The longest I have ever lived in one place since college comes in at just under 18 months. I could have extended that record out at least another eight months if it hadn’t been for the creeping death-mold infestation. At that point, in early 2006, January and I had been discussing our impending engagement, so it didn’t seem like a great idea to get locked into a new lease. Instead, I did what anybody else would do: I moved into my office.
Technically, I wasn’t living in my office; I was living in a small closet on the second floor of the apartment that Phil and I rent for our office space. It really wasn’t even a closet as much as it was an access room to get to the HVAC system. Just big enough for a single person mattress and pile of clothes, and that’s where I slept for close to four months. While it had the distinct advantage over my old apartment of not slowly killing me, it really wasn’t a whole lot better. This was evidenced by the near-corpse of a bat we found the day we finally moved to new office space.
As I may have mentioned before, our current living situation isn’t exactly stellar and we’ve been thinking a lot about what our future might be in the fair city of Columbus, and whether or not it might make sense to look into a housing situation a little more permanent. And by “permanent,” I of course mean “scary and expensive.”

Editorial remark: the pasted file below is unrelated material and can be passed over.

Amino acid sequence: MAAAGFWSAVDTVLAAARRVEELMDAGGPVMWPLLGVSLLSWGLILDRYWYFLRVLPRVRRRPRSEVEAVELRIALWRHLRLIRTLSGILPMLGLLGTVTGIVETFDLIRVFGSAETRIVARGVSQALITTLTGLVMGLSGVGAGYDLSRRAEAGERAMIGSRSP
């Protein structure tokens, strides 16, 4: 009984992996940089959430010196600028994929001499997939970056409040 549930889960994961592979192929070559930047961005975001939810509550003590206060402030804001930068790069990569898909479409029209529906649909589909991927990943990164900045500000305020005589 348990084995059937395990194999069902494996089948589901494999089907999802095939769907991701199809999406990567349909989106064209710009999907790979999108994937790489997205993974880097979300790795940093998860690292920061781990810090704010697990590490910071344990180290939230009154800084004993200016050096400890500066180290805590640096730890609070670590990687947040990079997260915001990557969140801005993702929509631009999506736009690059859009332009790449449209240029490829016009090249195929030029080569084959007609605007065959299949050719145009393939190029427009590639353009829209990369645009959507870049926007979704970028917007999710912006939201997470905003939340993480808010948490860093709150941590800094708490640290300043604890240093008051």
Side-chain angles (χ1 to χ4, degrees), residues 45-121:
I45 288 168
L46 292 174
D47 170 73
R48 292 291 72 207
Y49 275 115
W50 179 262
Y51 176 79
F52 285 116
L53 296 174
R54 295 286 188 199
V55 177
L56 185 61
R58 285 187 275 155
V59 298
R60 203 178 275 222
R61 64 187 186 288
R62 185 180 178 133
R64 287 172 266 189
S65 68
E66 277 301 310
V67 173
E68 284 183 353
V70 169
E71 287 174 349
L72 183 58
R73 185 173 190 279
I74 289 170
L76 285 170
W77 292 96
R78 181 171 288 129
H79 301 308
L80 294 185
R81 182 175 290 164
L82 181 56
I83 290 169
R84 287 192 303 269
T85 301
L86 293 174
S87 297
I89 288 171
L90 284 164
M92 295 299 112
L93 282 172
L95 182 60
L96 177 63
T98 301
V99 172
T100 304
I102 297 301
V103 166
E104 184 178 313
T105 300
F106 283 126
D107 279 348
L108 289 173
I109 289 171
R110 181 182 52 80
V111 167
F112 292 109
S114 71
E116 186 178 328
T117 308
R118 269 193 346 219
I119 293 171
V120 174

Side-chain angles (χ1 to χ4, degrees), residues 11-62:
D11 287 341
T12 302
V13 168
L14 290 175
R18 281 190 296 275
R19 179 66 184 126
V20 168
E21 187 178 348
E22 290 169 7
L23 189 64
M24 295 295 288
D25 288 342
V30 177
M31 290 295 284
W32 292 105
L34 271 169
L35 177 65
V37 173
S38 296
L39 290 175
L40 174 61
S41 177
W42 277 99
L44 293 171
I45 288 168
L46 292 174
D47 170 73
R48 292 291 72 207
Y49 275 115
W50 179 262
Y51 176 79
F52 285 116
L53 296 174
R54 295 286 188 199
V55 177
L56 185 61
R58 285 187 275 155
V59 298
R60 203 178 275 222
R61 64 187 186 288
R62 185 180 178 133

For us, the process started about the same way the pet buying process works:
January: “Don’t you just love little kittens?”
Andy: “Why yes, January. I do, in fact, love kittens.”
January: “What about this kitten? Isn’t she adorable?”
Andy: “She sure is, January. “
January: “We could go look at her. She’s at the pet store right down the street.”
Andy: “I don’t know…”
January: “C’mon! She’s cute, she’s right down the street…. we don’t have to buy her, just go over and pet her for a while!”
A five minute car ride later, and BAM! One more mouth to feed and nose to scratch. I’m trying to be a little less impulsive when it comes to the house shopping, but really I can see myself being quite content in almost any of the houses we’ve looked at online. But now that I’m an adult, I understand I’m supposed to do adulty things to get through this process. So here we go, into the wonderful, magical world of morgage applications, real estate brokers, third-party appraisals, offers, and counter-offers. Any advice would be greatly appreciated.